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Holidays help boost happiness

Tuesday, 20 July 2010

Victoria University

According to researchers, the

experience of travel for pleasure provides

many opportunities for expanding positive

emotions, with benefits lasting even after the

holiday is over.

 

 

With the cold weather biting across the country, flights to sunnier climes are heavily booked, but research shows travel could also have benefits for the clinically depressed as well as those seeking a winter break.

Holidays help boost happiness (Science Alert)
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]omega-3 fatty acids[/b]

Additionally, evidence suggests that omega-3 fatty acids may help to prevent and ameliorate mood disorders, particularly depressive disorders. For example, cross-national analyses have suggested that higher per capita fish and seafood consumption is associated with lower prevalence rates of MDD,6–8 postpartum depression,9 and bipolar disorder.10 Further, trials11–13 of antidepressants plus adjunctive therapy with omega-3s versus placebo have shown significant improvements on depression rating scale scores with active treatment (AV 1).

 

Overall, the data support using omega-3 fatty acids as adjunctive treatment for MDD,

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Folate

 

Folate is a naturally occurring B vitamin found in leafy vegetables, legumes, and fruits; synthetic folate is found in breads and cereals. Folate is necessary for the brain to synthesize the neurotransmitters norepinephrine, serotonin, and dopamine, all of which are involved in depression. A deficiency in folate has been associated with the presence of depression14 and with poor cognitive function15 (which is common in patients with MDD) and may hinder patients’ response to antidepressants14 and contribute to depressive relapse.16 Therefore, folate supplementation may help to reduce initial and residual depressive symptoms.

 

SAM-e

 

SAM-e is a naturally occurring molecule present in all living human cells that is synthesized as part of a multistep pathway (the one-carbon cycle) involving folic acid and vitamin B12. As with folate, SAM-e plays a key role in the synthesis of the neurotransmitters norepinephrine, serotonin, and dopamine. Low serum and CSF SAM-e levels have been reported in patients with MDD.27,28 Although SAM-e has been prescribed in Europe as an antidepressant since the late 1970s, it became available in the US about a decade ago as a dietary supplement with suggested, but not established, treatment applications for MDD, osteoarthritis, fibromyalgia, and liver disease.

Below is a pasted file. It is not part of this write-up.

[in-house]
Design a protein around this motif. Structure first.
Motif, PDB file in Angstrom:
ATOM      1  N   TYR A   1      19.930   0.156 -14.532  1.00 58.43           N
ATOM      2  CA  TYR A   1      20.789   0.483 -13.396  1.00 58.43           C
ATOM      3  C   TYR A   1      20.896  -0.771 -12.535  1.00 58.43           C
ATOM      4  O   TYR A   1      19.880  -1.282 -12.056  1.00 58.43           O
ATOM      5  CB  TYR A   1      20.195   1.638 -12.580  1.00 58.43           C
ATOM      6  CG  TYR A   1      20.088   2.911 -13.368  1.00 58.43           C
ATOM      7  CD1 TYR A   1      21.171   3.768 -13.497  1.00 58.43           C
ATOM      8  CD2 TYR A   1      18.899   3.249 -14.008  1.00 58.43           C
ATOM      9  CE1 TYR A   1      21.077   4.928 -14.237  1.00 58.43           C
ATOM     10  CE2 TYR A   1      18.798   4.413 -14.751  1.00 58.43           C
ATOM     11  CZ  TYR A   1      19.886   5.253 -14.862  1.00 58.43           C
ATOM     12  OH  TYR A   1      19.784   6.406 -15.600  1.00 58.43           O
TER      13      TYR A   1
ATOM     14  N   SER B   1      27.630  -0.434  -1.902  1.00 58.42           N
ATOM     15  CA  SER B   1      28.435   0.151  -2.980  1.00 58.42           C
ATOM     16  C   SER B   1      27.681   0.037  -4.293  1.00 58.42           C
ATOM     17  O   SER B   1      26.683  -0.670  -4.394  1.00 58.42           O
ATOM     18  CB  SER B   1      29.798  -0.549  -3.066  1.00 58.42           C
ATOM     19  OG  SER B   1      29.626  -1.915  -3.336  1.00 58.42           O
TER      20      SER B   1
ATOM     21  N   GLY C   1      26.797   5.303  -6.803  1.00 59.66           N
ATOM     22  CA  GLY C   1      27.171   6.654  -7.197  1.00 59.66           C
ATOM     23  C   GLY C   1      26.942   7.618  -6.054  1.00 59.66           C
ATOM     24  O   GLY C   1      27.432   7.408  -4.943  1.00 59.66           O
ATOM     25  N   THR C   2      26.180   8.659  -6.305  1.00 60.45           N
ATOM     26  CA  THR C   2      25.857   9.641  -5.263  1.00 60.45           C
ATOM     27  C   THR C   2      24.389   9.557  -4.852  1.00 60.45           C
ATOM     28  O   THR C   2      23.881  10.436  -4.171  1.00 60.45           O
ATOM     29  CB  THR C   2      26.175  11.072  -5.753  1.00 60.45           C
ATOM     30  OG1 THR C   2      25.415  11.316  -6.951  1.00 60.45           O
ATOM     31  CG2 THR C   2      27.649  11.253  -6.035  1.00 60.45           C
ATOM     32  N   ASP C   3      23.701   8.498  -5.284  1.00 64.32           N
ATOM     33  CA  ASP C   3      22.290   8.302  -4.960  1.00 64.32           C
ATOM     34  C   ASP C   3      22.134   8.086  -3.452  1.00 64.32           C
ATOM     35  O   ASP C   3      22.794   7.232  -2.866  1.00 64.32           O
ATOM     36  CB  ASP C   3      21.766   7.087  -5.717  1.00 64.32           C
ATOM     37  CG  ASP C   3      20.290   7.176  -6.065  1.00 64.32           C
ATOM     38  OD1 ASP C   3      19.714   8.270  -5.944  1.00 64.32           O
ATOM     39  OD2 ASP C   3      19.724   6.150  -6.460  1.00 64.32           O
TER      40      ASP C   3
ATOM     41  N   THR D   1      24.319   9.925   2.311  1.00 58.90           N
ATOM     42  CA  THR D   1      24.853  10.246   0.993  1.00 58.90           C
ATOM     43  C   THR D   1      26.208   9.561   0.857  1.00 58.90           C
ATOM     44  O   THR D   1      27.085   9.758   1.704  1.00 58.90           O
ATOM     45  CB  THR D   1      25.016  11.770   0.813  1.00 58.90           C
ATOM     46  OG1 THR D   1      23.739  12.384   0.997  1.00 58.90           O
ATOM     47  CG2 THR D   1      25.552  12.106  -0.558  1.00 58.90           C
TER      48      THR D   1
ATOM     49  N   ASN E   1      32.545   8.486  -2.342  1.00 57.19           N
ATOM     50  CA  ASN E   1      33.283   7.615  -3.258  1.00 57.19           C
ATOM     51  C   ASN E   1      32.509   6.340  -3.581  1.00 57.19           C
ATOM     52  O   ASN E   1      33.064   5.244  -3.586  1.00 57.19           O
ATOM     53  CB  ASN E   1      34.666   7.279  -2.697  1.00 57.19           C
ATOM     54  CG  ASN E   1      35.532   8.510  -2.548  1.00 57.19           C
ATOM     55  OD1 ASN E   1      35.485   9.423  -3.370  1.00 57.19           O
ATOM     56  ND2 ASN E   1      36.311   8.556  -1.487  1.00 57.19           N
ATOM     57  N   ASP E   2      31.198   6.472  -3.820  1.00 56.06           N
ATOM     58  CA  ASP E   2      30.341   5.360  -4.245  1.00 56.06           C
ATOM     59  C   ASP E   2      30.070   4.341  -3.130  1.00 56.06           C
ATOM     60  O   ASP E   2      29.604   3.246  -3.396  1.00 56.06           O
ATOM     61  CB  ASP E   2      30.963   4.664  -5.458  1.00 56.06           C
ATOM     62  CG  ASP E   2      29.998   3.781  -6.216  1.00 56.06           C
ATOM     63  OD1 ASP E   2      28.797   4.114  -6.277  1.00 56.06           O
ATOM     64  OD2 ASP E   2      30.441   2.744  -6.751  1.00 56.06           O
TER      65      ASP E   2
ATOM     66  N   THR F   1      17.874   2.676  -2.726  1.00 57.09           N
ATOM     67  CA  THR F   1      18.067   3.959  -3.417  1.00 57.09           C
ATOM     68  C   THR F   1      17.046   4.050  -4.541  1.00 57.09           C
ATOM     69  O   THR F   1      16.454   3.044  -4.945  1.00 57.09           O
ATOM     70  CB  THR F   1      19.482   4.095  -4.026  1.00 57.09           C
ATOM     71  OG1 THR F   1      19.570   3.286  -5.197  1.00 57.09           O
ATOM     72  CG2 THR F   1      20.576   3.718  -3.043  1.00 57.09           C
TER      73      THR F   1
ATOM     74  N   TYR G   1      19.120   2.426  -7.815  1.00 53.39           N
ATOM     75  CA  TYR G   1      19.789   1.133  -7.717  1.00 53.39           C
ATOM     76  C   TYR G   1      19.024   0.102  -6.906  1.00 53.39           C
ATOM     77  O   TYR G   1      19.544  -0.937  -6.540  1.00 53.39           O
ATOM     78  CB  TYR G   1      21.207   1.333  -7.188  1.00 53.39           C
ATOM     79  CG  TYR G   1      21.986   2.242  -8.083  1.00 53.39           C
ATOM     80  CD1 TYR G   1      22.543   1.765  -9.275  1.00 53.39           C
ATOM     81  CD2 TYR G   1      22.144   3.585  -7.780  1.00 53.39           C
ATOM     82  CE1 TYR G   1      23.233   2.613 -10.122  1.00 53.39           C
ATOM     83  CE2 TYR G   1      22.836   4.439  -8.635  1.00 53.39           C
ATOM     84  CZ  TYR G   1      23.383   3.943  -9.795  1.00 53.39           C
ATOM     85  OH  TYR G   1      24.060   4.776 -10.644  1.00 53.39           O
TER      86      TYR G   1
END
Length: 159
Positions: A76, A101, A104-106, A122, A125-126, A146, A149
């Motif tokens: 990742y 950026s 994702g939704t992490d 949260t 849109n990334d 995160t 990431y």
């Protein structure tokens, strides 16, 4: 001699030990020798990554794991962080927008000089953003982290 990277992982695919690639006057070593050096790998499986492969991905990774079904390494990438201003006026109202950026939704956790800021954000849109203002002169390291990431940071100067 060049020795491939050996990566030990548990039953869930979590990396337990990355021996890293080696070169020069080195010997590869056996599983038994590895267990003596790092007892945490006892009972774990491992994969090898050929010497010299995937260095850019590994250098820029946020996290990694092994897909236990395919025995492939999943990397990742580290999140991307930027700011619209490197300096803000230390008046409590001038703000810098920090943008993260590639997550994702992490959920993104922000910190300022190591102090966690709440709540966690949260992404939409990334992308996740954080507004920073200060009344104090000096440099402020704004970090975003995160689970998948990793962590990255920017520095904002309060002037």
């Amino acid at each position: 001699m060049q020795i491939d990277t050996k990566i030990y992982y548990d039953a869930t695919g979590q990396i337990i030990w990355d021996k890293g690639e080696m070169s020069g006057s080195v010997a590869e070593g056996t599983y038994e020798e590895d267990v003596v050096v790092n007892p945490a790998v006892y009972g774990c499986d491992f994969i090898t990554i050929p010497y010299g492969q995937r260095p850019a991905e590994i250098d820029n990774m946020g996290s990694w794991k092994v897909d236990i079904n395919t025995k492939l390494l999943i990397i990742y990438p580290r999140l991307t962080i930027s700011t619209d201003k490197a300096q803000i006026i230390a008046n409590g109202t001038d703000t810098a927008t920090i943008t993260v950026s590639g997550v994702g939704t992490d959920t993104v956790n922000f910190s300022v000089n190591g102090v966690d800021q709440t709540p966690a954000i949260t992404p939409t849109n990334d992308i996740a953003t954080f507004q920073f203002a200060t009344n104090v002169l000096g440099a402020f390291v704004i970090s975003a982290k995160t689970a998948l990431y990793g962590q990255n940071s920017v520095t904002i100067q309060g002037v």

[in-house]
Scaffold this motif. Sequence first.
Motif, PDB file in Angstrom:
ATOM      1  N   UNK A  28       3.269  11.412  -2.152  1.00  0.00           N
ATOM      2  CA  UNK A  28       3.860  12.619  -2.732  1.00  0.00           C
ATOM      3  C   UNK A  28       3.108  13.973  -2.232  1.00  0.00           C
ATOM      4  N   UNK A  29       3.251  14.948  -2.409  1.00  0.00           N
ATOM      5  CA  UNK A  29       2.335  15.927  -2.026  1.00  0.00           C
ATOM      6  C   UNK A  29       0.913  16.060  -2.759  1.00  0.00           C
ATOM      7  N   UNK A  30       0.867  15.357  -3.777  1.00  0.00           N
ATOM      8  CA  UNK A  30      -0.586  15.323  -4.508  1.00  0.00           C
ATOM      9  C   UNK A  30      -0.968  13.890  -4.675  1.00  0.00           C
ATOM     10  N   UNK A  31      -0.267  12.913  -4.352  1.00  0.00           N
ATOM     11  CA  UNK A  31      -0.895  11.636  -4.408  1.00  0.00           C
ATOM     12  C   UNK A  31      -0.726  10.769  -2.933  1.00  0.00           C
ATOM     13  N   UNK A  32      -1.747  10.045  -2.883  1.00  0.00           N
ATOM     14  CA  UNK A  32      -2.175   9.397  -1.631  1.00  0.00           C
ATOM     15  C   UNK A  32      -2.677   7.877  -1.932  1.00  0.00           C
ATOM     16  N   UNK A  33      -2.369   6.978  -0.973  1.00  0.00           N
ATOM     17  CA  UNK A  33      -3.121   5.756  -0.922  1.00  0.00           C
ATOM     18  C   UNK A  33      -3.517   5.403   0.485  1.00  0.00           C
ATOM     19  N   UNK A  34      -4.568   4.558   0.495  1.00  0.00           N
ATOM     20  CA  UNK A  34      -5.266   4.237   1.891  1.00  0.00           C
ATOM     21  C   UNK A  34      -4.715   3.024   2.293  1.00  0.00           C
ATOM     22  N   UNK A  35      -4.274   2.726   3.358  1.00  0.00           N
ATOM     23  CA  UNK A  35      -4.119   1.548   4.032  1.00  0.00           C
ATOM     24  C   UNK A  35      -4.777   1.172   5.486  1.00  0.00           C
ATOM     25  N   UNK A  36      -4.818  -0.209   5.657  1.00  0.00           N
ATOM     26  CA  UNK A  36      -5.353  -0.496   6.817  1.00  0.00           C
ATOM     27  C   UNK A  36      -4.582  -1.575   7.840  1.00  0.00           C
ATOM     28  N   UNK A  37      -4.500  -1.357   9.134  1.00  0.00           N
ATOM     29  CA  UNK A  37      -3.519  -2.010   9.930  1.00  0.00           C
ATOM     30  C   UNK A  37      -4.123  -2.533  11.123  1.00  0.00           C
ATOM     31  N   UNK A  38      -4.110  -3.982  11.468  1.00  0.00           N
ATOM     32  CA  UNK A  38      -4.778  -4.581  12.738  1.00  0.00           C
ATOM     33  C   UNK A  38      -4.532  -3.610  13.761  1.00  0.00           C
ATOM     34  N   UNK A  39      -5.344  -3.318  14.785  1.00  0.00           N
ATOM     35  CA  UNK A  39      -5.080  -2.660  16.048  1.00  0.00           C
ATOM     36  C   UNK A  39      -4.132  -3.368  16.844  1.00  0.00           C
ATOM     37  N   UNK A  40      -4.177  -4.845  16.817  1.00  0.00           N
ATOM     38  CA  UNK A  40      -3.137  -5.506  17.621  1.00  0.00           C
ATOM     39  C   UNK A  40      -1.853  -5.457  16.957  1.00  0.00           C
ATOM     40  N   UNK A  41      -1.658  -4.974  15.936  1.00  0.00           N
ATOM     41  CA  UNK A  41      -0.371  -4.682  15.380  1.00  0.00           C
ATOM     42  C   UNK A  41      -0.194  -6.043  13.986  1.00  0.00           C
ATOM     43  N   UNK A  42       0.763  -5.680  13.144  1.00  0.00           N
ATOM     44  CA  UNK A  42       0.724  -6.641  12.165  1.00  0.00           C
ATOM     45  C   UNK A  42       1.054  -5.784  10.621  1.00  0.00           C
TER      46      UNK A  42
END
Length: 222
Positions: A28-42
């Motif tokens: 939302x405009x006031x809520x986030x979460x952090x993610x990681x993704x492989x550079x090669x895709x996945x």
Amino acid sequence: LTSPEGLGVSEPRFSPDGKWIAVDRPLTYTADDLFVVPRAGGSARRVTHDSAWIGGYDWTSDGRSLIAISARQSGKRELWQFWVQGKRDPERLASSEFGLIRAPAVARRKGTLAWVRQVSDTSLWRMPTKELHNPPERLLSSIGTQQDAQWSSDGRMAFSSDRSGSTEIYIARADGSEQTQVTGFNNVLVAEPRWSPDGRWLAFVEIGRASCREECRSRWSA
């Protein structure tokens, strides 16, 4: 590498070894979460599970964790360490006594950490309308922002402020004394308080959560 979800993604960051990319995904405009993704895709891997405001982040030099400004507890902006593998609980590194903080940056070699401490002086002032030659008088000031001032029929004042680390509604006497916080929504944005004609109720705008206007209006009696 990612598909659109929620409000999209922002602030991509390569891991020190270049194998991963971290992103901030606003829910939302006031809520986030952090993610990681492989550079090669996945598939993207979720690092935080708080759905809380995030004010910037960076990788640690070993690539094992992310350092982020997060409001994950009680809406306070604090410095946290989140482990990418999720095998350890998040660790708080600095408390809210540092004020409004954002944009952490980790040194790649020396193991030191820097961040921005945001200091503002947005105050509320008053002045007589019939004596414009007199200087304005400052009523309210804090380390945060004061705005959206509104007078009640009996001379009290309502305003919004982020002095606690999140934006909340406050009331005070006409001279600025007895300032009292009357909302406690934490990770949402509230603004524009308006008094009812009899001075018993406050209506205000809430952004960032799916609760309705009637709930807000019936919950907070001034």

AV 3. Change in HDRS Scores With Placebo or Intramuscular SAM-e Augmentation of Imipramine in Patients With Depression (00:22)

 

Several studies of intravenous and intramuscular monotherapy for depression have shown SAM-e to be either superior29 or comparable30–32 to TCAs and more effective than placebo.30,32

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Depression and Inflammation: Part 1

 

July 22, 2010

 

Question:

"Is major depression an inflammatory disease?"

 

Vladimir Maletic, MD:

V. Maletic photoI believe that we have strong evidence that inflammation is a relevant pathophysiological mechanism contributing to the development, severity, and persistence of major depression (MDD).1,2,3 Is it not the same as saying that MDD is an inflammatory disease? Not, exactly. Rheumatoid arthritis and ulcerative colitis would be good examples of inflammatory disorders. Inflammation is the fundamental mechanism of etiopathogenesis in these conditions and the primary target of successful treatments. By comparison, inflammation has a significant role in etiology and propagation of malignant disorders. Yet cancers are not commonly considered as a primarily inflammatory condition, nor are the anti-inflammatory agents the mainstay of treatment.

 

Let us now examine the evidence linking depression and inflammation. Stress and medical illness are the principal precipitants of depression, both are associated with immune activation and elevated inflammation.1,3 Compromised cortico-limbic regulation of mood and stress response appears to be the central feature of a depressive episode, most likely giving rise to neuropsychiatric symptoms of depression.1,3 The brain responds to a depressed state in a manner that is very similar to a moderate “fight or flight” response: inadequate hypothalamic-pituitary-adrenal regulation, sympathetic activation combined with diminished parasympathetic tone, and, lastly, inflammation!1,3

Treating the Whole Patient

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Yet another thread inspired by the Sociopathy Thread

 

Walking is one of the best things depressed people can do.

 

You can't tell a "Clinically Depressed" person to think positively.

They can't think. Their mind just goes around and around in obsessive-compulsive circles.

 

We need to ask why walking helps?

 

is it because simple repetition of mechanical task relieve´s thinking mind and compulsive thinking pattern stops for a moment. My view concerning intial problem is that person have been "taken over" by thinking mind, person can not stop thinking and thinking is compulsory.. You can also try how hard is to not to think anything.. our lives are full of different thoughts and we take granted that we are thinking all the time.. but that should not be the case..mind as tool has beome in many cases compulsive master of us..

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